Birch Knight Fungus
Birch Knight Fungus

‘It really is almost perfect, you ought to see it.
‘Yes, just the bedrooms we wanted. The girls won’t have to share anymore. You can imagine how they’ll feel about that, can’t you?
‘No, they haven’t really complained that much about sharing their bedroom, mostly they complain about having their clothes borrowed.
‘Oh, they’re both as bad as each other! The first hint of an outing of any kind and they’re scrabbling through each other’s clothes looking for something to wear.
‘I’ve no idea! They go shopping together and, as far as I can see, they buy almost the same things, yet the minute one of them picks something out from their joint clothing, the other insists it belongs to them and they were about to put it on.
‘I don’t imagine that having their own rooms will solve the clothing problem, but we can hope.
‘Yes. There are two big reception rooms downstairs.
‘Mmm, I’m hoping we can have computers and TVs in the one room and keep the other as a technology-free zone.
‘Oh well, I can dream.
‘There’s just the one problem really, I’m sure we can learn to live with it, though.
‘No, I wouldn’t say it was a deal breaker.
‘Well, it’s the location.
‘Oh no, quite rural. It’s not that. It’s just that, you know, tradition and all that.
‘Call me old fashioned if you like, but fairies are supposed to live down at the bottom of the garden!’

Think Ahead

Speckled Wood Butterfly
Speckled Wood Butterfly

Today’s butterfly is yet another marvel of nature. When the butterflies emerge from caterpillar-dom, they adopt one of two lifestyles. Either they take the local option and set up shop in the nearest sunny spot, relying on passing footfall to put bums on seats. Or they take the commercial traveller option and set out to book as many miles as their expense account will bear.
Now, I’m sure you can see where this evocation of Evolution might be about to come unstuck. While local services might seem a safe bet at the moment, particularly in our rural area, modern technology lies, biding its time, in hiding.
Surely, however, it is the more adventurous life that will feel the bitter bite of blockchains and big data first. Those (mostly males) whose life seemed to attain perfection in the romance of the road, the flitting up and down the woodland fringe, welcomed with open wings in one sunny patch after another – each of the local entrepreneurial establishments eager to sample their wares – are those who will be first to have their Utopia undone, their sandcastles stamped on.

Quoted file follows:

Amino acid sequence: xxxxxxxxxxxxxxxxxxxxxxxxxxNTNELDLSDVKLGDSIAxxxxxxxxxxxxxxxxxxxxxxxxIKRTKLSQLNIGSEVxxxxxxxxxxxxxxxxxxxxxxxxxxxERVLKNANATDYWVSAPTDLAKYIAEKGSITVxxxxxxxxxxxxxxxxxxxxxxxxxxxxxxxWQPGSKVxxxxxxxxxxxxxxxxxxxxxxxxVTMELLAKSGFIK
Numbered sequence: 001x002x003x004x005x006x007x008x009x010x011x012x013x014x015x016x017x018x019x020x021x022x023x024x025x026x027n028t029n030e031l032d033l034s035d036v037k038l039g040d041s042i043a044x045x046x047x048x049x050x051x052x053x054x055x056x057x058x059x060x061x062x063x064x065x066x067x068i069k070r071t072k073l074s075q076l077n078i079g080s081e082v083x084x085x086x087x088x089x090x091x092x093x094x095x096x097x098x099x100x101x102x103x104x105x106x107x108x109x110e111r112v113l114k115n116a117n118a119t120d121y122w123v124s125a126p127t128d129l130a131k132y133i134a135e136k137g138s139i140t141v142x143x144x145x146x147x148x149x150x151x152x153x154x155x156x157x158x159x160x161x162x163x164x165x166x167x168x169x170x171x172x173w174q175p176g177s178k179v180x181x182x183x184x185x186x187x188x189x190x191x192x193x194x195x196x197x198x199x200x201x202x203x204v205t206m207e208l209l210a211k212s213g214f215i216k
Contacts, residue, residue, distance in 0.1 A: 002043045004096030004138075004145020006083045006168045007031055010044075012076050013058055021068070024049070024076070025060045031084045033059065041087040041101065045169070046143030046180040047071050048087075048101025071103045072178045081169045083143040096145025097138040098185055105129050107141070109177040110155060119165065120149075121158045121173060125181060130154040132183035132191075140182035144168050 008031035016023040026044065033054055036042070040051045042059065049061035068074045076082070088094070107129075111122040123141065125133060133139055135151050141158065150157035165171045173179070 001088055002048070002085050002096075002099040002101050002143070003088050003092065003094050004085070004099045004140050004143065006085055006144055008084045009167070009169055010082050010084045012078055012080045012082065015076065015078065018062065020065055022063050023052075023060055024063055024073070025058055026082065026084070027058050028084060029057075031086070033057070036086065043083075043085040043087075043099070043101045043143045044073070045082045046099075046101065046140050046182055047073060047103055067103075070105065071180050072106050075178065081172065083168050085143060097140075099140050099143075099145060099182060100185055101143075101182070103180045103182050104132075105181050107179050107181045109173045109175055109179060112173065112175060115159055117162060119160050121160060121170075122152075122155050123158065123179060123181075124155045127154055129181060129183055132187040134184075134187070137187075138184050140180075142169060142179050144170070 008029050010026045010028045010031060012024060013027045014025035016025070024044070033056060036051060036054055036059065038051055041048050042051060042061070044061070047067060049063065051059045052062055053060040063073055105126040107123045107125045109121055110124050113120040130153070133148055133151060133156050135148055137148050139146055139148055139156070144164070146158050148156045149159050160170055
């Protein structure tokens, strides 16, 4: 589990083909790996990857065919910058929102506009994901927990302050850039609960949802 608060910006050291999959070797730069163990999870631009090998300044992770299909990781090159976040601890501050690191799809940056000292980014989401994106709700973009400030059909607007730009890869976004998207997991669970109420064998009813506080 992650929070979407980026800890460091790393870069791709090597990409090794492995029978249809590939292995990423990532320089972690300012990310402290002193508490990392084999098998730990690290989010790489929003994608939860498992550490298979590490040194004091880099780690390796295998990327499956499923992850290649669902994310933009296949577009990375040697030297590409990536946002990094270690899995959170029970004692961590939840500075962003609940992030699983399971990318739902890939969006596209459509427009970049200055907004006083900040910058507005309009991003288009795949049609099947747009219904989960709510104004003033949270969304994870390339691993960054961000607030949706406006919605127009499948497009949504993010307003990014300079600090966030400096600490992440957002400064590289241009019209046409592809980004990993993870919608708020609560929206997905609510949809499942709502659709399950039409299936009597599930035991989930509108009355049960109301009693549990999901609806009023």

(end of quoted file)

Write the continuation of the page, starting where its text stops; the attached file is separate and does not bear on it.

Surely, it cannot be long before all who chose to be stay-at-homes realise – they can get all that stuff on the internet these days.

I Talk To The Trees

Sweet Chestnut
Sweet Chestnut

‘Of course, I’m just a baby, speaking in Sweet Chestnut terms. A few of my family are more than 2000 years old, and still going strong.
‘Well, I suppose our recent history started at the end of the last Ice Age, we were living in what’s now Turkey, then, once the ice melted, we made friends with the local people, in no time.
‘Not many of us, but, you know, we are so useful.
‘We coppice well, for starters. That means you can have a constant supply of poles and posts. And they won’t go and rot in the ground, like some other woods I can name.
‘Oak? Such a stodgy old fellow. We’re just as tough – but lighter and easier to work.
‘Yes, indeed, they did like the nuts. Very useful they found them. Cook them and eat them like that – or make bread and cakes with the flour, yes, very useful.
‘First, it was the Turks, then the Greeks turned up. They were everywhere in those days.
‘Naturally. We’ve always been interested in travel. We went back to Greece and spread ourselves around.
‘Then once the Romans took over we set our sights on Europe and hitched our wagon to the Roman star, so to speak.
‘Yes, turned up here in Britain soon as they did. They loved their Chestnut porridge, the Romans did.
‘Well, must get on. I’ve got nuts to ripen, you know.
‘Exactly. Who knows where they’ll end up?’

Golden Ratio

Hen Pheasant
Hen Pheasant

We were just about to open the front door and set off for our daily commune with the natural world when a glance out of the window revealed that the natural world had, in fact, come to find out what was keeping us. Parading past the doorstep was a male pheasant and his harem. Naturally, by the time I’d found the camera, switched on and managed to direct its attention to their progress the male, with his striking plumage, had moved on and was presenting his rear to us.
He is brightly coloured and his hens are a dull brown. At one time this probably made evolutionary sense – it made it easy for his wives to keep an eye on him when there were other females around. But, times change and brightly coloured plumage is not such an asset when a major part of your life is spent dodging shooting parties. I’m pretty sure that, by now, it must have occurred to many hen pheasants that, while it is undoubtedly easier to manage one male in the family, the current evolutionary challenge supports a greater ratio of males to females.
Or perhaps they’re just not that fussed – maybe it’s easy enough to get another male if this one doesn’t make it through the shooting season.